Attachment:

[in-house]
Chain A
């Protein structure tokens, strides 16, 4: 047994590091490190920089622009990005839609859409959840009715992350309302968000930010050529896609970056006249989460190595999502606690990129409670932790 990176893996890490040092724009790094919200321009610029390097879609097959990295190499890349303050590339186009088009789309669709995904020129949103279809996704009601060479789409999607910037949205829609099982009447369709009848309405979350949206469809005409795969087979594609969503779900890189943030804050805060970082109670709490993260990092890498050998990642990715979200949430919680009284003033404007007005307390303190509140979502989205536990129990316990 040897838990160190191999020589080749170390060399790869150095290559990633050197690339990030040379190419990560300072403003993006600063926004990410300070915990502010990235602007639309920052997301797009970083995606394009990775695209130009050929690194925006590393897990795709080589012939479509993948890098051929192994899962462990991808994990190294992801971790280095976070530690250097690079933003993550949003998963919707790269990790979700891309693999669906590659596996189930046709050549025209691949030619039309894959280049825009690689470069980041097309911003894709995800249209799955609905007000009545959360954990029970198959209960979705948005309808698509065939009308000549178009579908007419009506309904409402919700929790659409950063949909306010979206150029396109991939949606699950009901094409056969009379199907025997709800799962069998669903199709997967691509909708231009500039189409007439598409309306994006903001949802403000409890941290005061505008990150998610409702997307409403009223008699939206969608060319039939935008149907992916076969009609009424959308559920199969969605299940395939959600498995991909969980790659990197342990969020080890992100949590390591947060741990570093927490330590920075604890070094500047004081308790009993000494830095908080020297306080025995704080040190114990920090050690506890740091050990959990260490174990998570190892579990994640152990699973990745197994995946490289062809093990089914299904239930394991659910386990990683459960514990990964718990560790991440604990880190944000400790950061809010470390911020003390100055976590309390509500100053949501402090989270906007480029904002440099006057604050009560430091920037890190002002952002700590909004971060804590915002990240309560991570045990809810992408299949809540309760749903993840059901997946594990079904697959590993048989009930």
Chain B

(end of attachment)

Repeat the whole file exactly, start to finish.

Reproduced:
[in-house]
Chain A
């Protein structure tokens, strides 16, 4: 047994590091490190920089622009990005839609859409959840009715992350309302968000930010050529896609970056006249989460190595999502606690990129409670932790 990176893996890490040092724009790094919200321009610029390097879609097959990295190499890349303050590339186009088009789309669709995904020129949103279809996704009601060479789409999607910037949205829609099982009447369709009848309405979350949206469809005409795969087979594609969503779900890189943030804050805060970082109670709490993260990092890498050998990642990715979200949430919680009284003033404007007005307390303190509140979502989205536990129990316990 040897838990160190191999020589080749170390060399790869150095290559990633050197690339990030040379190419990560300072403003993006600063926004990410300070915990502010990235602007639309920052997301797009970083995606394009990775695209130009050929690194925006590393897990795709080589012939479509993948890098051929192994899962462990991808994990190294992801971790280095976070530690250097690079933003993550949003998963919707790269990790979700891309693999669906590659596996189930046709050549025209691949030619039309894959280049825009690689470069980041097309911003894709995800249209799955609905007000009545959360954990029970198959209960979705948005309808698509065939009308000549178009579908007419009506309904409402919700929790659409950063949909306010979206150029396109991939949606699950009901094409056969009379199907025997709800799962069998669903199709997967691509909708231009500039189409007439598409309306994006903001949802403000409890941290005061505008990150998610409702997307409403009223008699939206969608060319039939935008149907992916076969009609009424959308559920199969969605299940395939959600498995991909969980790659990197342990969020080890992100949590390591947060741990570093927490330590920075604890070094500047004081308790009993000494830095908080020297306080025995704080040190114990920090050690506890740091050990959990260490174990998570190892579990994640152990699973990745197994995946490289062809093990089914299904239930394991659910386990990683459960514990990964718990560790991440604990880190944000400790950061809010470390911020003390100055976590309390509500100053949501402090989270906007480029904002440099006057604050009560430091920037890190002002952002700590909004971060804590915002990240309560991570045990809810992408299949809540309760749903993840059901997946594990079904697959590993048989009930």
Chain B